The likelihood of a KO in MMA is greater than in any other sport, the risk of dehydration is greater than in any other sport and concussion or head trauma is greater (per participant) than in any other sport.
Perhaps, this science of dieting should be more regulated, evidence-based practice more vigorously adhered to.
Crighton, B., Close, G.L. and Morton, J.P., 2016. Alarming weight cutting behaviours in mixed martial arts: a cause for concern and a call for action.
Matthews, J.J. and Nicholas, C., 2017. Extreme rapid weight loss and rapid weight gain observed in UK mixed martial arts athletes preparing for competition. International Journal of Sport Nutrition and Exercise Metabolism, 27(2), pp.122-129.
Jetton, A.M., Lawrence, M.M., Meucci, M., Haines, T.L., Collier, S.R., Morris, D.M. and Utter, A.C., 2013. Dehydration and acute weight gain in mixed martial arts fighters before competition. The Journal of Strength & Conditioning Research, 27(5), pp.1322-1326.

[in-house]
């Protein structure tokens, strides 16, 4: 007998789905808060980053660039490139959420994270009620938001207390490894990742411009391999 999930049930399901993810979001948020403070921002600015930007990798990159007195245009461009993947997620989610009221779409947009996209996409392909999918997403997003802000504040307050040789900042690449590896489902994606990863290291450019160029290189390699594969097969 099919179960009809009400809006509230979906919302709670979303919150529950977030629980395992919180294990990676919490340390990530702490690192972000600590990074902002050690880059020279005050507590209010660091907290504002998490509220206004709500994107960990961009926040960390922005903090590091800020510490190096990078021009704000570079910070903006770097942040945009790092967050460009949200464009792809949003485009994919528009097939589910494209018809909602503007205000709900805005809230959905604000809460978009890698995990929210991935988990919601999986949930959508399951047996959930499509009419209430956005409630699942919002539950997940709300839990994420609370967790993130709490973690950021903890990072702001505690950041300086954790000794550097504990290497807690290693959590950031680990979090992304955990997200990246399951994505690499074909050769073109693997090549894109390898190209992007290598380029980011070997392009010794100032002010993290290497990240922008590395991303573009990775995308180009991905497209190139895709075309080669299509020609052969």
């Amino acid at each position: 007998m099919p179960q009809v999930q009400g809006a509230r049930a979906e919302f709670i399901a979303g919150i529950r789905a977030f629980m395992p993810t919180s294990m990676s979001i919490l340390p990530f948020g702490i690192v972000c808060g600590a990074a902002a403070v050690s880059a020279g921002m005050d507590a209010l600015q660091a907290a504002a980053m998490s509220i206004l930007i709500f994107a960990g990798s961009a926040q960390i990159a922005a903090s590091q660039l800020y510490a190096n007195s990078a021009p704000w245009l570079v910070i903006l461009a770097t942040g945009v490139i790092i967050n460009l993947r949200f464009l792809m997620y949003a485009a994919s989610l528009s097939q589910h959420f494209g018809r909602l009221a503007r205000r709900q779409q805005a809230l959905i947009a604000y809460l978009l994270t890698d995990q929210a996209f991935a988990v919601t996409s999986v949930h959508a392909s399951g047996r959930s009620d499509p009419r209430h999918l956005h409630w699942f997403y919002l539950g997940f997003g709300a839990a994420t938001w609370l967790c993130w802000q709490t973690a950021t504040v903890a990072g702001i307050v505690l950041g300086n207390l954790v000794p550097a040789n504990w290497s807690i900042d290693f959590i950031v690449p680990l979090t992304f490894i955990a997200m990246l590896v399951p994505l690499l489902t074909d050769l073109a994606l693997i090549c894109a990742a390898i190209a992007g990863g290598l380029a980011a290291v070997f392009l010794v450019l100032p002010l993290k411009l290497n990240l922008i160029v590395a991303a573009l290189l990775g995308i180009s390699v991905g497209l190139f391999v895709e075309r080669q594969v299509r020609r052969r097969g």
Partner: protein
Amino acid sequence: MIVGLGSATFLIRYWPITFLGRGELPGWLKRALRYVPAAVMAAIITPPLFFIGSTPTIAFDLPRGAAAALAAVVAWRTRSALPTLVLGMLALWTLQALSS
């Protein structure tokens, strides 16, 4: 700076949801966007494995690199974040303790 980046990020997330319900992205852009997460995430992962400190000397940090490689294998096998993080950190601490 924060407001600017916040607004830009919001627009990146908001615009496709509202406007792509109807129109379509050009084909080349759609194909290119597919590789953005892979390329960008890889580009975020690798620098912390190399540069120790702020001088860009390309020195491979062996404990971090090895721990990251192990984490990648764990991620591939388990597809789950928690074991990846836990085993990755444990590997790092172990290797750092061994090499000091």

Kasper, A.M., Crighton, B., Langan-Evans, C., Riley, P., Sharma, A., Close, G.L. and Morton, J.P., 2019. Case Study: Extreme Weight Making Causes Relative Energy Deficiency, Dehydration, and Acute Kidney Injury in a Male Mixed Martial Arts Athlete. International journal of sport nutrition and exercise metabolism, 29(3), pp.331-338.
Coswig, V.S., Fukuda, D.H. and Del Vecchio, F.B., 2015. Rapid weight loss elicits harmful biochemical and hormonal responses in mixed martial arts athletes. International journal of sport nutrition and exercise metabolism, 25(5), pp.480-486.
Martin, D., Wilson, G., Morton, J.P., Close, G.L. and Murphy, R.C., 2017. The horseracing industry’s perception of nutritional and weight-making practices of professional jockeys. Qualitative Research in Sport, Exercise and Health, 9(5), pp.568-582.